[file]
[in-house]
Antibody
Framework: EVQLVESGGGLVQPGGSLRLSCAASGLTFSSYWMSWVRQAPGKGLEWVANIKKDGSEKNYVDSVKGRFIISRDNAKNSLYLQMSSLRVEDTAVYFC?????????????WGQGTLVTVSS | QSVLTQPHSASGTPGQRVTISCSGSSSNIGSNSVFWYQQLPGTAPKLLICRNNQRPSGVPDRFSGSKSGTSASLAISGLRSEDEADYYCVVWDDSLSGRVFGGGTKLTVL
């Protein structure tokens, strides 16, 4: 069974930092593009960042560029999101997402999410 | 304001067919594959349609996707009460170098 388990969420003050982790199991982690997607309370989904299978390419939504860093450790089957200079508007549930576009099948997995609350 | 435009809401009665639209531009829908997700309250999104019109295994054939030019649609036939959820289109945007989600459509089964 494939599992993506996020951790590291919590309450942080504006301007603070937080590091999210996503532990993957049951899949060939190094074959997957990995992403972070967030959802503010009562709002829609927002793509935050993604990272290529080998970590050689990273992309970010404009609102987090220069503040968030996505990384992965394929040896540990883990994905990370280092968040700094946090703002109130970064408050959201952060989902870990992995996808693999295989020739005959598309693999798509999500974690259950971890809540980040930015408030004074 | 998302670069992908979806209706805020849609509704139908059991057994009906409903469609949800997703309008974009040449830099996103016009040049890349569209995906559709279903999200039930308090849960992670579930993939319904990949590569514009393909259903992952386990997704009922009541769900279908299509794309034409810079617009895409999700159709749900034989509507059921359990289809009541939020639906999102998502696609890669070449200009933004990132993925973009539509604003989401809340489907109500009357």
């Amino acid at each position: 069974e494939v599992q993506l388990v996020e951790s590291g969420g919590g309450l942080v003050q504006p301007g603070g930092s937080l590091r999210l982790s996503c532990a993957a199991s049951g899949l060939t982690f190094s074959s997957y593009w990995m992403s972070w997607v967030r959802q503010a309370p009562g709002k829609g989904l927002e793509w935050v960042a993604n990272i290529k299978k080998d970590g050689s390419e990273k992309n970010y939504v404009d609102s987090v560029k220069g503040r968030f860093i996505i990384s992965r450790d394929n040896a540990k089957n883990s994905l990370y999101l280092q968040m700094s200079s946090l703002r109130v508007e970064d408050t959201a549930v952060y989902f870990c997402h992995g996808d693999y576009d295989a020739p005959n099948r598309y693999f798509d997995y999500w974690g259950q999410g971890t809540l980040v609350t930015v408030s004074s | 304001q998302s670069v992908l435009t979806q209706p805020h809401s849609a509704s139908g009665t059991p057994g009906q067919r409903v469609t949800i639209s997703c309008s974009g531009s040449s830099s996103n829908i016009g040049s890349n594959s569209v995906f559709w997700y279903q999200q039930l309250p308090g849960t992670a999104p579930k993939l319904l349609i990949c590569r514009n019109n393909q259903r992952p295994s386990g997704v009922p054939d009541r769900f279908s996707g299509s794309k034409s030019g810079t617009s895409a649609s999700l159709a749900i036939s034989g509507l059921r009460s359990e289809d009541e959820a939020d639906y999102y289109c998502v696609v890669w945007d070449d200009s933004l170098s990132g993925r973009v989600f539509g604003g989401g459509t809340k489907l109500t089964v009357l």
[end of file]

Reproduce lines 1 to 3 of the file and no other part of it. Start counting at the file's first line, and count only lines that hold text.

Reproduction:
[in-house]
Antibody
Framework: EVQLVESGGGLVQPGGSLRLSCAASGLTFSSYWMSWVRQAPGKGLEWVANIKKDGSEKNYVDSVKGRFIISRDNAKNSLYLQMSSLRVEDTAVYFC?????????????WGQGTLVTVSS | QSVLTQPHSASGTPGQRVTISCSGSSSNIGSNSVFWYQQLPGTAPKLLICRNNQRPSGVPDRFSGSKSGTSASLAISGLRSEDEADYYCVVWDDSLSGRVFGGGTKLTVL